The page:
Aeration: A Smart Move for a Strong Lawn

If you’re ready to aerate your lawn (as we described last week) – and perhaps have even reserved a lawn aerator (!) – let’s get to the actual process.

Aeration helps any lawn, especially those with seriously compacted areas. Loosening up soil allows air, water, fertilizer and seed to get deep into the ground. When the soil is already dry and hard (such as this spring in Brookfield, Elm Grove and New Berlin, WI), the benefits of lawn aeration are even more profound.

First things first: Be careful moving the aerator, which weighs several hundred pounds. You’ll need a trailer, pickup or SUV to transport it. Be sure you have a strong helper (and maybe more than one) to lift in and out. These machines are seriously heavy. Hurt your back, and equipment rental won’t be the only cost you pay.

Second, learn how the aerator works. These are powerful units. Get instructions on use before leaving the rental store. Ask for a walk-through with the unit running. Be sure you know how to raise and lower the tines, and start and stop, before embarking.

Once working, an aerator is much like a self-propelled lawnmower. It pulls a user along.

Lawn aeration in Brookfield, WI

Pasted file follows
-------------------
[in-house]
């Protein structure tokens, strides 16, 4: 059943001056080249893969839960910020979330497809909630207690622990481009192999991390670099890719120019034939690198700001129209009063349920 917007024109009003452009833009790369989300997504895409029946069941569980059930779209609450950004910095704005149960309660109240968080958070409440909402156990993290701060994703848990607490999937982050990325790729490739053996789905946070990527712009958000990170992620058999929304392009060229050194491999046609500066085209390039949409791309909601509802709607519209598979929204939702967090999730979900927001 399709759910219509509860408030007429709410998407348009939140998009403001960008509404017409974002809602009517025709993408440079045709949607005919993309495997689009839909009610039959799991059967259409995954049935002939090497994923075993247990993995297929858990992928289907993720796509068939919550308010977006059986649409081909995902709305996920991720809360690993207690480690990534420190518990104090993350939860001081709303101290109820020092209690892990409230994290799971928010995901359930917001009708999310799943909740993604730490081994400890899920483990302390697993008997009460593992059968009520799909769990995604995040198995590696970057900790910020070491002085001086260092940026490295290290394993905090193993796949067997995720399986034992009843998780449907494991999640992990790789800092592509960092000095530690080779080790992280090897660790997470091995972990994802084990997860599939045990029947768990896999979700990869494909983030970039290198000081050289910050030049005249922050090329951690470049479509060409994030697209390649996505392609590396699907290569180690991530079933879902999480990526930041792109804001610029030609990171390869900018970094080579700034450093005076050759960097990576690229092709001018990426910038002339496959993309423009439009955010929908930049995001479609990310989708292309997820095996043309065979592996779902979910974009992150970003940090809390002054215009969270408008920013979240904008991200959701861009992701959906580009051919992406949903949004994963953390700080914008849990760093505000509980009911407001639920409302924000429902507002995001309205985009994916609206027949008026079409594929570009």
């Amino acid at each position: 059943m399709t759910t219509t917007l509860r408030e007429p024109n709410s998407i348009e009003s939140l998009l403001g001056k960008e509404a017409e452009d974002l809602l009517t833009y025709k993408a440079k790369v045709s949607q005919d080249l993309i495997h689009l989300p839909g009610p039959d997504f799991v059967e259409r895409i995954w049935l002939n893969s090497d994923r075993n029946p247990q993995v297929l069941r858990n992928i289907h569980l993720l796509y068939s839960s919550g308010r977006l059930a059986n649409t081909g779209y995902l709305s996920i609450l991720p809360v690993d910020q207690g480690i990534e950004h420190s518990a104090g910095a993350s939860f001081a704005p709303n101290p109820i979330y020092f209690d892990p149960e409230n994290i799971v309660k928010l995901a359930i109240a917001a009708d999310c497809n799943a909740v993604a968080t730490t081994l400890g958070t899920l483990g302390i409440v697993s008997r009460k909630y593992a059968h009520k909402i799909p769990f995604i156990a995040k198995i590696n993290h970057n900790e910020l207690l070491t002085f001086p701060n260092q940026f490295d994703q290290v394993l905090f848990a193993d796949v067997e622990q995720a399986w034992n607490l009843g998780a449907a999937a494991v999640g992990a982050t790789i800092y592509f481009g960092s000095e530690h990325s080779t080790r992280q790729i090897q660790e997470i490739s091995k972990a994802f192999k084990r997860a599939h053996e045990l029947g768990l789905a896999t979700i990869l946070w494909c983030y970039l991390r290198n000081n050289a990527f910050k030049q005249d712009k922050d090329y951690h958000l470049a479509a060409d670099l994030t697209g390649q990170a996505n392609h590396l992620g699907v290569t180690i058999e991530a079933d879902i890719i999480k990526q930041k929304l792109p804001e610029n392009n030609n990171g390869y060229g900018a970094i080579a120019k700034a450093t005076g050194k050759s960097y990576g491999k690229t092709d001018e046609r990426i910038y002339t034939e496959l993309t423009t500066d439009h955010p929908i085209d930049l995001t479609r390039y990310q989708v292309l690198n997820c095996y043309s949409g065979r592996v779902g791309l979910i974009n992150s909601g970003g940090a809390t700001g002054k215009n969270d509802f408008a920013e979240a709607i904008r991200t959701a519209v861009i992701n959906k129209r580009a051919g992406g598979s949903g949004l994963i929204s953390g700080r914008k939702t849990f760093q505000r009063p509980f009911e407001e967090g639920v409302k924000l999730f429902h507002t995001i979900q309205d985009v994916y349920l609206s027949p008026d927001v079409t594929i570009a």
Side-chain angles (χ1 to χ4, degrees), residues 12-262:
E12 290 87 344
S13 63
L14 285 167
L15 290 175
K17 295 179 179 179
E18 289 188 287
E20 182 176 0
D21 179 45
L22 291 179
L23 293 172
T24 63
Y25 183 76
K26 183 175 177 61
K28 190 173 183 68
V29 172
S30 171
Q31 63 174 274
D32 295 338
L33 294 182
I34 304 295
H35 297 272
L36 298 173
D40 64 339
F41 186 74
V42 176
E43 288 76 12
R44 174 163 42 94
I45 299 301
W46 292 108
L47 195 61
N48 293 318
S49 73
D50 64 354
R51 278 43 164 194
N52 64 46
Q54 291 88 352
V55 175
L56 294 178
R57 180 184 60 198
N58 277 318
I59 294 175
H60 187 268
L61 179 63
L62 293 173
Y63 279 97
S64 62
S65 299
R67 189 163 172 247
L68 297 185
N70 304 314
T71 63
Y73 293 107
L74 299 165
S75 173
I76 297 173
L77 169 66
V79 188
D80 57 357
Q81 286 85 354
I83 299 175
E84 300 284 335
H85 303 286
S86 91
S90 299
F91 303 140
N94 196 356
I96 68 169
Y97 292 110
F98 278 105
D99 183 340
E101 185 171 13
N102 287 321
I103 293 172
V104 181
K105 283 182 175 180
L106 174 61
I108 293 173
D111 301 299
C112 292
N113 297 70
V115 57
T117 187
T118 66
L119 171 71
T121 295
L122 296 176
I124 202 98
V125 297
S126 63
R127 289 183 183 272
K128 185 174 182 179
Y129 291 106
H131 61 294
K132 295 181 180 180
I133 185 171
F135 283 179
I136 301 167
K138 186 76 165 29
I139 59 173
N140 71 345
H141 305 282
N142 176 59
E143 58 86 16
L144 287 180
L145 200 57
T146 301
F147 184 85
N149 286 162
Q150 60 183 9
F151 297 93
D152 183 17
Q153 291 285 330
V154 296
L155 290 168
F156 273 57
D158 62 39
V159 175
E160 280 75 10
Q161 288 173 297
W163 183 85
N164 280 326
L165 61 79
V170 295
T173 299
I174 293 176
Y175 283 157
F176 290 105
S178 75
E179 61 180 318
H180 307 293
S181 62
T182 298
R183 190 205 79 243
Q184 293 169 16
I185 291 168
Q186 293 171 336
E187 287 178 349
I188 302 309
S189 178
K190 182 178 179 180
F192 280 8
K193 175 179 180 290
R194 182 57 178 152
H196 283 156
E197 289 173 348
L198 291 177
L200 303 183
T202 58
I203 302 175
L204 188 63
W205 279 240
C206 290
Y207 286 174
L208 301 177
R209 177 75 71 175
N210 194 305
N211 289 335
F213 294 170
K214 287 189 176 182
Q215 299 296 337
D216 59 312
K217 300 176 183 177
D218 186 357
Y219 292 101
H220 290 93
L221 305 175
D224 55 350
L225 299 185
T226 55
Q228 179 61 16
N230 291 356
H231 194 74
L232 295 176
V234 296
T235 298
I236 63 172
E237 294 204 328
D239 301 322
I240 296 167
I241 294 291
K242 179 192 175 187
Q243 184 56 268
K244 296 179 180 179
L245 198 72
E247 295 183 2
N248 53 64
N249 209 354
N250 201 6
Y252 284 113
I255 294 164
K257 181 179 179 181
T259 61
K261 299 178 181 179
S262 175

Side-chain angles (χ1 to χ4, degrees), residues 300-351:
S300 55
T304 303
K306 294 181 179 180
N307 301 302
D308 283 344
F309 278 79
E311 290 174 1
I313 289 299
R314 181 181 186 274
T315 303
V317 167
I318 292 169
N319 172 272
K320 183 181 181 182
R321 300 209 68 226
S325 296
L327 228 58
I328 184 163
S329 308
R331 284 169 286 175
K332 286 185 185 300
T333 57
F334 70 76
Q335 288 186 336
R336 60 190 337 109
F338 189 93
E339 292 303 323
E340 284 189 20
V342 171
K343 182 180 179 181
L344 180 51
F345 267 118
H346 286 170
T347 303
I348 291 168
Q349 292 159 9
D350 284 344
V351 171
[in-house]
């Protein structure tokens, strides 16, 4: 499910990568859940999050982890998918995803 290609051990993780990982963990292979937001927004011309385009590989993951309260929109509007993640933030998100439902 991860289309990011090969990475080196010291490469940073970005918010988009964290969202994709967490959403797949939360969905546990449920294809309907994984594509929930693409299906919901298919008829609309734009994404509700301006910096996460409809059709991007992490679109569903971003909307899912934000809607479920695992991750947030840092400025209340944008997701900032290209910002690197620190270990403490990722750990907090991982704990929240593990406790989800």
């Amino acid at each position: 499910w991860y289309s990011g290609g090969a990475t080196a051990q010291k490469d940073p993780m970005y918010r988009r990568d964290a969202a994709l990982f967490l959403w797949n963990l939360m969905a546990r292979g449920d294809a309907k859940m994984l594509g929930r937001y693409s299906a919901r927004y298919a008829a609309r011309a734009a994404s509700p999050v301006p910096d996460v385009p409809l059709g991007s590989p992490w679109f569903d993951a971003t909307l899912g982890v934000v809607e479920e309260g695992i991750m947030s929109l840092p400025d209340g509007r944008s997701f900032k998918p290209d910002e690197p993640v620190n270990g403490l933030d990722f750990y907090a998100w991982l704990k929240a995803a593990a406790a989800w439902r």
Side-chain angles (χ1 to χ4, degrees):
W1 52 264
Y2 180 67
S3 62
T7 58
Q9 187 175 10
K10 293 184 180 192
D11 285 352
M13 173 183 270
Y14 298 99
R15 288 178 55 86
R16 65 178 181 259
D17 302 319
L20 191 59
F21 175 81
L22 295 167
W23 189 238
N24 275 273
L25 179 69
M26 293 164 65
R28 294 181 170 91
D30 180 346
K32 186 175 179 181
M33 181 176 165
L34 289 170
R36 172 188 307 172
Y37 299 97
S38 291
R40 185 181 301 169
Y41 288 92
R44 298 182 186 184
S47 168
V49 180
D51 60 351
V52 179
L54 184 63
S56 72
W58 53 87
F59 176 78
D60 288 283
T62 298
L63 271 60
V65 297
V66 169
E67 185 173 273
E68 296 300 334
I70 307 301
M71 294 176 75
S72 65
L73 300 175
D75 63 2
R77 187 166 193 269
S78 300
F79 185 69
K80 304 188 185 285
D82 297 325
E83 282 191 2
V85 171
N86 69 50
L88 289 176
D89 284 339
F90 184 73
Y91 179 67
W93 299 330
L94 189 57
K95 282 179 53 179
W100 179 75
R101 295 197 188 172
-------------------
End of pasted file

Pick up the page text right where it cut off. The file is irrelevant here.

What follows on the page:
If areas of the lawn are heavily used, or you notice are especially compacted, go over them more than once with the aerator. Clay soils, commonly found in southeastern Wisconsin, are especially susceptible to compaction.

Many homeowners are initially stunned after aerating their lawns. Soil plugs are everywhere. They resemble, well, animal droppings. It can be a bit unsightly.

Never fear. The plugs break down in a few weeks. In doing so, their stored nutrients are returned to the soil. Your lawn will be better off for the experience.

What’s next? Immediately post-aeration is the perfect opportunity for seeding or fertilizing a yard. Conditions are ideal for both to penetrate into the ground.

Want the benefits of aeration, but not the work? GMS is glad to help. Contact us to schedule a lawn aeration. Don’t be surprised if we wait until fall, which is also prime time for aerating a yard.

Lawn aeration isn’t difficult. If you like the results, plan to aerate every one to three years. All those soil plugs look a bit strange, but the benefits will far outlast them.

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